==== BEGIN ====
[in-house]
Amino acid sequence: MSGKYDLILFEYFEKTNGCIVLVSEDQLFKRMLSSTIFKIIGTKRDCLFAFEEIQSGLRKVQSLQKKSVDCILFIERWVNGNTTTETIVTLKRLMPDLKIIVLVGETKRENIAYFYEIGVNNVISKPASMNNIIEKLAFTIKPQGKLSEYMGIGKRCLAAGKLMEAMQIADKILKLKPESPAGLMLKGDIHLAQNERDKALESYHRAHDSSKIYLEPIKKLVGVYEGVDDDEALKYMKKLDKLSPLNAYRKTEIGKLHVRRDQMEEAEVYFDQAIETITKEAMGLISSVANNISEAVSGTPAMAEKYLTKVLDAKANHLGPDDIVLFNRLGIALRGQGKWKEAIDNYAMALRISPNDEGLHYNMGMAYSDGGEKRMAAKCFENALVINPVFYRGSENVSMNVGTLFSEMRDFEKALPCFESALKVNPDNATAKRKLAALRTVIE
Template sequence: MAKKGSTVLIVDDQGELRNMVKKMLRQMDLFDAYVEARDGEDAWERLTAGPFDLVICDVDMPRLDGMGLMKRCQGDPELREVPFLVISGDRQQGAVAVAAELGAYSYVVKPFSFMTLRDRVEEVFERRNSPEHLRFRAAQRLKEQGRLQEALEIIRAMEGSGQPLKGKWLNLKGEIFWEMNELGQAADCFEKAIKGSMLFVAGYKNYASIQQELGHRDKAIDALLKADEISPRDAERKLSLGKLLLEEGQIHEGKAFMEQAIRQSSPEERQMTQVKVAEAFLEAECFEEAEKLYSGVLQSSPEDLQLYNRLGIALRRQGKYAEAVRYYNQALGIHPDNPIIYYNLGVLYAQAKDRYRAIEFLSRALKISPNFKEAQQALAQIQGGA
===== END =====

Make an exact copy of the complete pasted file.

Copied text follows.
[in-house]
Amino acid sequence: MSGKYDLILFEYFEKTNGCIVLVSEDQLFKRMLSSTIFKIIGTKRDCLFAFEEIQSGLRKVQSLQKKSVDCILFIERWVNGNTTTETIVTLKRLMPDLKIIVLVGETKRENIAYFYEIGVNNVISKPASMNNIIEKLAFTIKPQGKLSEYMGIGKRCLAAGKLMEAMQIADKILKLKPESPAGLMLKGDIHLAQNERDKALESYHRAHDSSKIYLEPIKKLVGVYEGVDDDEALKYMKKLDKLSPLNAYRKTEIGKLHVRRDQMEEAEVYFDQAIETITKEAMGLISSVANNISEAVSGTPAMAEKYLTKVLDAKANHLGPDDIVLFNRLGIALRGQGKWKEAIDNYAMALRISPNDEGLHYNMGMAYSDGGEKRMAAKCFENALVINPVFYRGSENVSMNVGTLFSEMRDFEKALPCFESALKVNPDNATAKRKLAALRTVIE
Template sequence: MAKKGSTVLIVDDQGELRNMVKKMLRQMDLFDAYVEARDGEDAWERLTAGPFDLVICDVDMPRLDGMGLMKRCQGDPELREVPFLVISGDRQQGAVAVAAELGAYSYVVKPFSFMTLRDRVEEVFERRNSPEHLRFRAAQRLKEQGRLQEALEIIRAMEGSGQPLKGKWLNLKGEIFWEMNELGQAADCFEKAIKGSMLFVAGYKNYASIQQELGHRDKAIDALLKADEISPRDAERKLSLGKLLLEEGQIHEGKAFMEQAIRQSSPEERQMTQVKVAEAFLEAECFEEAEKLYSGVLQSSPEDLQLYNRLGIALRRQGKYAEAVRYYNQALGIHPDNPIIYYNLGVLYAQAKDRYRAIEFLSRALKISPNFKEAQQALAQIQGGA